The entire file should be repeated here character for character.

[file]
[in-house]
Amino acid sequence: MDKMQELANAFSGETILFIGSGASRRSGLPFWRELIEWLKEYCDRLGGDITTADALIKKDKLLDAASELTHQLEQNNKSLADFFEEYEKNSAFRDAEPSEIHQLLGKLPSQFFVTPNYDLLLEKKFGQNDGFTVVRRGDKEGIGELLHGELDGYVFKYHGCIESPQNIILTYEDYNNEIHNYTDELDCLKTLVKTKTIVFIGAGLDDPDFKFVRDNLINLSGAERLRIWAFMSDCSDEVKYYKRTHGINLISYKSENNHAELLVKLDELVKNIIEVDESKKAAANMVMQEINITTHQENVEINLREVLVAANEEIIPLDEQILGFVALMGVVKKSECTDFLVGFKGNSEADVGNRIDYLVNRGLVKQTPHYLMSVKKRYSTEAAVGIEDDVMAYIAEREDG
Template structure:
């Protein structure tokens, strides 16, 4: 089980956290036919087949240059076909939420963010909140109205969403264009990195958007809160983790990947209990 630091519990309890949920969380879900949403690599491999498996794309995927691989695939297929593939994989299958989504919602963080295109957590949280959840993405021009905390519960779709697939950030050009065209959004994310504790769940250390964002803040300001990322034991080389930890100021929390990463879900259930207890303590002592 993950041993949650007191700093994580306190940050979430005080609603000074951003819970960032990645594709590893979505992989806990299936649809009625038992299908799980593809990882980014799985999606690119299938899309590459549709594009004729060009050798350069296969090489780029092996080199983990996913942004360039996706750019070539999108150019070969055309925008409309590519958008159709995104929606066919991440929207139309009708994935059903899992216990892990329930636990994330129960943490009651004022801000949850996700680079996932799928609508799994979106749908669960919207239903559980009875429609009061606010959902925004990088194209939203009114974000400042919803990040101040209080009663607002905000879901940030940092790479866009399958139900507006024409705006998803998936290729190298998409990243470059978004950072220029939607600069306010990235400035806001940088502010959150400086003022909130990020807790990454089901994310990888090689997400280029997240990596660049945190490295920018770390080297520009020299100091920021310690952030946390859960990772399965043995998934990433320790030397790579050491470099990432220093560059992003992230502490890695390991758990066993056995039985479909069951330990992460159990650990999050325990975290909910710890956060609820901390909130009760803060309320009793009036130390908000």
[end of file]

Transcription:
[in-house]
Amino acid sequence: MDKMQELANAFSGETILFIGSGASRRSGLPFWRELIEWLKEYCDRLGGDITTADALIKKDKLLDAASELTHQLEQNNKSLADFFEEYEKNSAFRDAEPSEIHQLLGKLPSQFFVTPNYDLLLEKKFGQNDGFTVVRRGDKEGIGELLHGELDGYVFKYHGCIESPQNIILTYEDYNNEIHNYTDELDCLKTLVKTKTIVFIGAGLDDPDFKFVRDNLINLSGAERLRIWAFMSDCSDEVKYYKRTHGINLISYKSENNHAELLVKLDELVKNIIEVDESKKAAANMVMQEINITTHQENVEINLREVLVAANEEIIPLDEQILGFVALMGVVKKSECTDFLVGFKGNSEADVGNRIDYLVNRGLVKQTPHYLMSVKKRYSTEAAVGIEDDVMAYIAEREDG
Template structure:
């Protein structure tokens, strides 16, 4: 089980956290036919087949240059076909939420963010909140109205969403264009990195958007809160983790990947209990 630091519990309890949920969380879900949403690599491999498996794309995927691989695939297929593939994989299958989504919602963080295109957590949280959840993405021009905390519960779709697939950030050009065209959004994310504790769940250390964002803040300001990322034991080389930890100021929390990463879900259930207890303590002592 993950041993949650007191700093994580306190940050979430005080609603000074951003819970960032990645594709590893979505992989806990299936649809009625038992299908799980593809990882980014799985999606690119299938899309590459549709594009004729060009050798350069296969090489780029092996080199983990996913942004360039996706750019070539999108150019070969055309925008409309590519958008159709995104929606066919991440929207139309009708994935059903899992216990892990329930636990994330129960943490009651004022801000949850996700680079996932799928609508799994979106749908669960919207239903559980009875429609009061606010959902925004990088194209939203009114974000400042919803990040101040209080009663607002905000879901940030940092790479866009399958139900507006024409705006998803998936290729190298998409990243470059978004950072220029939607600069306010990235400035806001940088502010959150400086003022909130990020807790990454089901994310990888090689997400280029997240990596660049945190490295920018770390080297520009020299100091920021310690952030946390859960990772399965043995998934990433320790030397790579050491470099990432220093560059992003992230502490890695390991758990066993056995039985479909069951330990992460159990650990999050325990975290909910710890956060609820901390909130009760803060309320009793009036130390908000």